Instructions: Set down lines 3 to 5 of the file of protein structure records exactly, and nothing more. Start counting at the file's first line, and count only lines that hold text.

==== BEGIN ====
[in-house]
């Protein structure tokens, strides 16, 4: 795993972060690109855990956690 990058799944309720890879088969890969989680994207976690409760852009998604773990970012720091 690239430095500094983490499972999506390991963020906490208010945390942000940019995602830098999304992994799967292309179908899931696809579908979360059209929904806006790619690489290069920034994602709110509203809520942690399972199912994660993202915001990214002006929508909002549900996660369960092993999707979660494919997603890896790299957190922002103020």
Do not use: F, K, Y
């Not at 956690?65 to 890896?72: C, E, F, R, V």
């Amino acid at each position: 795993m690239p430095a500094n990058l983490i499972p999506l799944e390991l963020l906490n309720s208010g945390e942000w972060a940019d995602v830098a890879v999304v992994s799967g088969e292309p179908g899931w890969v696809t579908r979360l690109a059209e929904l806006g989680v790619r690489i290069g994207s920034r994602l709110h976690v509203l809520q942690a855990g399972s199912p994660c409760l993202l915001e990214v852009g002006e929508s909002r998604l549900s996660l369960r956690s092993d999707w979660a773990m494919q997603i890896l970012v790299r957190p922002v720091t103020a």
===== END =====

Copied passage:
Do not use: F, K, Y
């Not at 956690?65 to 890896?72: C, E, F, R, V």
């Amino acid at each position: 795993m690239p430095a500094n990058l983490i499972p999506l799944e390991l963020l906490n309720s208010g945390e942000w972060a940019d995602v830098a890879v999304v992994s799967g088969e292309p179908g899931w890969v696809t579908r979360l690109a059209e929904l806006g989680v790619r690489i290069g994207s920034r994602l709110h976690v509203l809520q942690a855990g399972s199912p994660c409760l993202l915001e990214v852009g002006e929508s909002r998604l549900s996660l369960r956690s092993d999707w979660a773990m494919q997603i890896l970012v790299r957190p922002v720091t103020a």